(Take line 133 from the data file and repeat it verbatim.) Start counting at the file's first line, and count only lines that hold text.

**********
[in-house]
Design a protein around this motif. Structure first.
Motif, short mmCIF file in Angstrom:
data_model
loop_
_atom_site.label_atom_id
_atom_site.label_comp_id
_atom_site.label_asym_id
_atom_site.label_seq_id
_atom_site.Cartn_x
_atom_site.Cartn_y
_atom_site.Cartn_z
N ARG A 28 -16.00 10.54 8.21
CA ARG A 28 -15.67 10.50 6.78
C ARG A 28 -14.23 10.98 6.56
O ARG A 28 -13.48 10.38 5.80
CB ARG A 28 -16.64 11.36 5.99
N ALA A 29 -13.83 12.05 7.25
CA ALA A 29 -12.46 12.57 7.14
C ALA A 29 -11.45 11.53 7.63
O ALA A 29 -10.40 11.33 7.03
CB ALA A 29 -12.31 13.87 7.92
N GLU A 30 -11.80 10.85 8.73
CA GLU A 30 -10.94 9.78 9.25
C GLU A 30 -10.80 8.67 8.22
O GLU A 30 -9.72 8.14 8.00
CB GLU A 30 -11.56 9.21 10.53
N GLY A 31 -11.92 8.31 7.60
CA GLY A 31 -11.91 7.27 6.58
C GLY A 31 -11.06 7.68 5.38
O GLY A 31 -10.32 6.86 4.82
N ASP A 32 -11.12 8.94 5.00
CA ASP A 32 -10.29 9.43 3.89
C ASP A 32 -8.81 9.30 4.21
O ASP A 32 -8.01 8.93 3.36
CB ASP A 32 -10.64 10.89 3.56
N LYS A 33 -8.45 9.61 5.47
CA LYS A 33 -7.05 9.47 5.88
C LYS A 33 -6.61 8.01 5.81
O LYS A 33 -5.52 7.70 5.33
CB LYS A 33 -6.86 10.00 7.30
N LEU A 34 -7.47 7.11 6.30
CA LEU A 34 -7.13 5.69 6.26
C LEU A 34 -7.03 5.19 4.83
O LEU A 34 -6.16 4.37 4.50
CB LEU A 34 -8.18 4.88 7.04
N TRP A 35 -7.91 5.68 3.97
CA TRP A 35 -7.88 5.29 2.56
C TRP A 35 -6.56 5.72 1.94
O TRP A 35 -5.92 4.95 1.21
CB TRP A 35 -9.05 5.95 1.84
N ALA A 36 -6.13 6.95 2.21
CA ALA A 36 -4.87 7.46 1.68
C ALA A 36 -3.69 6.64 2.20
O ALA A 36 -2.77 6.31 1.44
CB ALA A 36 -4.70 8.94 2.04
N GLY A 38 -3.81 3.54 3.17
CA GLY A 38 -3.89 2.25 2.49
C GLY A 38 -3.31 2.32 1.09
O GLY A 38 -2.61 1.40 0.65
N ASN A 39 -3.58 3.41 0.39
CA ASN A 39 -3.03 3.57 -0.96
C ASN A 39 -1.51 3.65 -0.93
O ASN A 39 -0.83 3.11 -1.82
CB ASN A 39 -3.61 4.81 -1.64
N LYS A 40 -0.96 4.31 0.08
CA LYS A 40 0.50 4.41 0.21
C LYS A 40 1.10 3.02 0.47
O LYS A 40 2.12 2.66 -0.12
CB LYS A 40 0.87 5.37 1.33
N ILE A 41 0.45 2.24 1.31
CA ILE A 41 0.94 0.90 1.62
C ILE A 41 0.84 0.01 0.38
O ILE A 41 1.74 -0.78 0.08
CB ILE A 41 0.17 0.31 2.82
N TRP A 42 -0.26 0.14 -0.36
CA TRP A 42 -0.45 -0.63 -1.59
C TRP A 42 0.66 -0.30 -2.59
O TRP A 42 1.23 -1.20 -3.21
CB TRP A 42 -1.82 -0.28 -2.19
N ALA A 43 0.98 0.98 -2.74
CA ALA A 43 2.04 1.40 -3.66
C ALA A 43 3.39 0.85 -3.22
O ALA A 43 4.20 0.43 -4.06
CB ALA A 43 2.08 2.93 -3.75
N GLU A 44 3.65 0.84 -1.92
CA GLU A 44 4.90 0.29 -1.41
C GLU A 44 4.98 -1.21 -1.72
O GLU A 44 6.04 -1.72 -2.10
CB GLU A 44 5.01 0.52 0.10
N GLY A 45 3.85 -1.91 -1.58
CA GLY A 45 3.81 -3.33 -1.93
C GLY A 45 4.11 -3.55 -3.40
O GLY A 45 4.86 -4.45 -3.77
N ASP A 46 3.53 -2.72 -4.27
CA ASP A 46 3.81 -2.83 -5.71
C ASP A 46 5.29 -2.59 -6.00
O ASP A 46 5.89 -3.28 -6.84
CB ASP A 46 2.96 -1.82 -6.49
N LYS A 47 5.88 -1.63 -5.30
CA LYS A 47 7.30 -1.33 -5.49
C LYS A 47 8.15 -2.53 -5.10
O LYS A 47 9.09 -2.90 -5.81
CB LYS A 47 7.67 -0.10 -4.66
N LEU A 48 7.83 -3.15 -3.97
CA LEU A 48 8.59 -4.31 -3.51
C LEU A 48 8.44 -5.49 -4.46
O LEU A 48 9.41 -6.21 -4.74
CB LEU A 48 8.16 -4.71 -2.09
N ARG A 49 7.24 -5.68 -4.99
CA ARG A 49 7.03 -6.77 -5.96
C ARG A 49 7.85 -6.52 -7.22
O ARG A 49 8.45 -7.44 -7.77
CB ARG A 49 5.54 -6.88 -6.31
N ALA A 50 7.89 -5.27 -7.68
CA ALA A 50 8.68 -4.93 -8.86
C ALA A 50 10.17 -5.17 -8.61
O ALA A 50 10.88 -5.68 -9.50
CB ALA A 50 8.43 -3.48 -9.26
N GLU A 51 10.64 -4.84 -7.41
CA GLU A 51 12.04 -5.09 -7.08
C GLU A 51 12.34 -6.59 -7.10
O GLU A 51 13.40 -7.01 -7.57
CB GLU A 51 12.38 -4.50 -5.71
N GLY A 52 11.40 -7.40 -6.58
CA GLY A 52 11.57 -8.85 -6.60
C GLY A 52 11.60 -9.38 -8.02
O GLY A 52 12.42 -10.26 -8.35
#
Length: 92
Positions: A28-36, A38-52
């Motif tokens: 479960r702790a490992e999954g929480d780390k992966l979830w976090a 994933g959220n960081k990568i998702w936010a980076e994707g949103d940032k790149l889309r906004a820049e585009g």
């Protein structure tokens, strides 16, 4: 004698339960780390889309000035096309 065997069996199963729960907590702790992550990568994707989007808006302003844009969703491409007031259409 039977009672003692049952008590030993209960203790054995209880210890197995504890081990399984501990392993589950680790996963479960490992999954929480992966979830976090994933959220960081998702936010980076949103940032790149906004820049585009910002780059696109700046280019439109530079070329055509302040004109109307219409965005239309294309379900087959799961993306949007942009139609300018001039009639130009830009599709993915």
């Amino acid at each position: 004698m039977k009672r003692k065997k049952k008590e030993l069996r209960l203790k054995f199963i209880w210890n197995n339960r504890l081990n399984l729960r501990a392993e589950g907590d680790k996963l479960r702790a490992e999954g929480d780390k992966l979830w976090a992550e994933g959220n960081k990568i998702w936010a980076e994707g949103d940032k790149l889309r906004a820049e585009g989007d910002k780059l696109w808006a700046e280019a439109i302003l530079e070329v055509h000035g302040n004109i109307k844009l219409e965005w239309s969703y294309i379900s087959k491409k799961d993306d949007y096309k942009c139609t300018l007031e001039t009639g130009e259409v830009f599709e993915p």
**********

């Protein structure tokens, strides 16, 4: 004698339960780390889309000035096309 065997069996199963729960907590702790992550990568994707989007808006302003844009969703491409007031259409 039977009672003692049952008590030993209960203790054995209880210890197995504890081990399984501990392993589950680790996963479960490992999954929480992966979830976090994933959220960081998702936010980076949103940032790149906004820049585009910002780059696109700046280019439109530079070329055509302040004109109307219409965005239309294309379900087959799961993306949007942009139609300018001039009639130009830009599709993915």